6 reasons you should try value stream mapping

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While value stream maps can be daunting to understand, these 6 reasons should help you in deciding whether you want to adopt the visual technique.

Written by: Nigel Richardson

 

Why bother with Value Stream Mapping?

To those who have never seen a Value Stream Map (VSM) before, it can be a daunting thing to get your head around. 

But, VSM gives clarity on where value is being added in a process, enabling you to then drive greater efficiency with delivering your product / service.

It is certainly very different from other process mapping techniques and the initial reaction can often be “does it need to be this complicated?”.  In fact, one look at value stream diagrams may very well support that.

There may well need to be a loop of education and persuasion to get you to a point where you have a level of buy in for this approach, regardless of whether you are an expert at Value Stream Mapping. 

Today we are looking at six reasons which should make the Value Stream Mapping process the method of choice in your Lean management:

 

1) It is a cross functional perspective

It is a tool that joins people to together from various parts of the organization who in reality have never had the opportunity or motivation to do so before.

2) Value Stream Maps capture information flow

In addition to the logical flow or your process or service, it also captures information flow. 

Very few methods I have experienced allow the integration of information flow with your business process in such an effective way.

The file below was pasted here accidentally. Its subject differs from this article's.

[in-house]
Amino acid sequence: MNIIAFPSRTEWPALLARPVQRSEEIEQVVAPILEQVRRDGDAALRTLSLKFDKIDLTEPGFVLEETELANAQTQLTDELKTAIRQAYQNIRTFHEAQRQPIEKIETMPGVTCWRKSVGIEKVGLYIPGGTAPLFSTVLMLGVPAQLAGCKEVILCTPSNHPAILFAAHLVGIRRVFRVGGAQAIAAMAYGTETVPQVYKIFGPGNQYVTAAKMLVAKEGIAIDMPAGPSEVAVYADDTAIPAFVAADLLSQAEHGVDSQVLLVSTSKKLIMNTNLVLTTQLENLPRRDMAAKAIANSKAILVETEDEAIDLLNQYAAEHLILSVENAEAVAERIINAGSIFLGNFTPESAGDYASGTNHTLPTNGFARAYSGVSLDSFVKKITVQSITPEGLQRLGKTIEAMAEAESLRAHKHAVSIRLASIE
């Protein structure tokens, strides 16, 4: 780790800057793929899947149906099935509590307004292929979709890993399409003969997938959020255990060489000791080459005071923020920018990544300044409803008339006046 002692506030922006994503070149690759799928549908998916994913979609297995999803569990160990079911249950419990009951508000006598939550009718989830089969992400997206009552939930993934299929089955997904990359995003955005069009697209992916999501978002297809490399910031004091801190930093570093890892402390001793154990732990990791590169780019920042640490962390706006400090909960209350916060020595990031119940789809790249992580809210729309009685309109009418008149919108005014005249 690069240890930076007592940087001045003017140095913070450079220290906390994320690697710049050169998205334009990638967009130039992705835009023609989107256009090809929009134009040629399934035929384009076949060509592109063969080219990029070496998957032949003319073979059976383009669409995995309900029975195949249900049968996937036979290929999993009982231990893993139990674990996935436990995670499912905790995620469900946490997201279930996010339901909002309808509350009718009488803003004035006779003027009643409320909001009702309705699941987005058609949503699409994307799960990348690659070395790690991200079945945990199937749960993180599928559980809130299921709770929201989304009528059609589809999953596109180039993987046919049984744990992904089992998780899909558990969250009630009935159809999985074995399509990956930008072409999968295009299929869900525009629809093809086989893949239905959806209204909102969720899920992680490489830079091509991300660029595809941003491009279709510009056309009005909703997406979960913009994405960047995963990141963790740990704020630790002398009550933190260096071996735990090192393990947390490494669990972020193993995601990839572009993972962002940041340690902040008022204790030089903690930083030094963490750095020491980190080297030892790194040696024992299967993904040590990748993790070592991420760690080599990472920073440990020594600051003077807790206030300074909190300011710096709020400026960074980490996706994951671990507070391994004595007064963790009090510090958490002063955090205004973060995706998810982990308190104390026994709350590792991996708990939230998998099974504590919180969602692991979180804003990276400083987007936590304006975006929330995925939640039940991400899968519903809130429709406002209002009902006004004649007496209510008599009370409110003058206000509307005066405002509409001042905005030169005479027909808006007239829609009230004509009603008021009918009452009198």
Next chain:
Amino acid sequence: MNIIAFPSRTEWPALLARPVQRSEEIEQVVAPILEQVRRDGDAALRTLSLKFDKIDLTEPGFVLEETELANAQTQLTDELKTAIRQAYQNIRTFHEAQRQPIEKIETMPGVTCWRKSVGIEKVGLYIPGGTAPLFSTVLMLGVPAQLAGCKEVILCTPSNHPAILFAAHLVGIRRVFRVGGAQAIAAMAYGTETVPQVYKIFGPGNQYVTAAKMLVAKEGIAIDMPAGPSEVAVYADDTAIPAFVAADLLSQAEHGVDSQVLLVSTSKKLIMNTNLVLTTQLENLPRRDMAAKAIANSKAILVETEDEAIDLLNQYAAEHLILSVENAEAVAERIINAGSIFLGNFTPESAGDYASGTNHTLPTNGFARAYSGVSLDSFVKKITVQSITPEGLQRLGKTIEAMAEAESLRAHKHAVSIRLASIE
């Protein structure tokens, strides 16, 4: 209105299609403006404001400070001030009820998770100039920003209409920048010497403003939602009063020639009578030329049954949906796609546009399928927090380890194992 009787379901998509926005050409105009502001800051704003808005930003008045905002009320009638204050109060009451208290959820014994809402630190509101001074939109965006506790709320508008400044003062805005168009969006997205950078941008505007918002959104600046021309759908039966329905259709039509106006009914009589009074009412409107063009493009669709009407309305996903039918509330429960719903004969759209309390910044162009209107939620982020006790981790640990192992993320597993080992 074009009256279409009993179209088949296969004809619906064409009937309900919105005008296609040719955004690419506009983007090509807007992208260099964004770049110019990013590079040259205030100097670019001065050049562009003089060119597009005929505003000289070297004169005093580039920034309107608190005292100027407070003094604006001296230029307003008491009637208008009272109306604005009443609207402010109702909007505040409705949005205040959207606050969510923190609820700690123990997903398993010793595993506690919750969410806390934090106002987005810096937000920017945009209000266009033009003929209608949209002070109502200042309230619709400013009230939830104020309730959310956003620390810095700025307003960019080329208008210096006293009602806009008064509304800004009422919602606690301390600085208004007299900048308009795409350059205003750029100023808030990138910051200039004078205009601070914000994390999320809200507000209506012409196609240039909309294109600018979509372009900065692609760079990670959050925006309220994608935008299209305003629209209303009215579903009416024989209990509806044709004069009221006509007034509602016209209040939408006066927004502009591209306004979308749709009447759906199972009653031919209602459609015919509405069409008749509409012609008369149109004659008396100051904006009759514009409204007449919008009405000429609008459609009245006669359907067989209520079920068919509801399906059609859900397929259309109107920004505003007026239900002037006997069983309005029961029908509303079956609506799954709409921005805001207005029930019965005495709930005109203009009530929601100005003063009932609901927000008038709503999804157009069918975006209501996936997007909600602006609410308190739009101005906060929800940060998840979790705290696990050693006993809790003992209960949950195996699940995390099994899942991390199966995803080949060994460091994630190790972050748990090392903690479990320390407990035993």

3) Your operating model is presented to you on a page

Very few mapping techniques build out the additional considerations of monitoring and control of your end to end performance above and beyond the delivery.

4) They become the canvas for your improvement conversations

Once stakeholders understand what they are looking at, it becomes incredibly easy to communicate large amounts of information that improvements of this nature require to enable clear, informed decision-making to allow improvement definition and prioritization

5) It visualizes the importance of ‘upstream performance’

Stakeholders earlier in the process become very aware of how their own performance is critical in how the remainder of the end to end process actually perform.

From a stakeholder management perspective this is vital as in many cases these stakeholders believe the problems relate to functions further down the end to end process.


6) The improvement is in the gaps

There can be a lot of focus on how to improve a task, make it faster, more efficient. 

Value Stream Maps highlight the gaps between those processes where either a customer is waiting or product is being built up as inventory.

It is these gaps that create the most waste or the poor customer experience, so investing in how the tasks are completed to eliminate or reduce this time in the gaps is a subtle but critical difference in focus.

 

So, is VSM beneficial?

With a value mapped out, your team will be in a place to understand the end-to-end stream of your operations, track performance, and then be in a stronger place to make those processes more efficient.

That is, in essence, the purpose of a Lean Value Stream Map.

Undoubtedly, these 6 reasons highlight the value of mapping, with waste and bottlenecks identified, increased process efficiency, better product quality and cross-functional collaboration among the benefits of adopting this Lean technique.

 

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About the author

Nigel Richardson is a continuous improvement expert. His background spans 20 years in business transformation and continuous improvement across retail, pharma, aviation and IT supply chain. He is passionate about supporting organizations to achieve their strategic, transformational and improvement goals, and outperform their peers year after year.

If you’d like to talk more about your strategic challenges, reach out to him on nigel.richardson@i-nexus.com or connect with Nigel on LinkedIn for the latest Strategy Execution insights.

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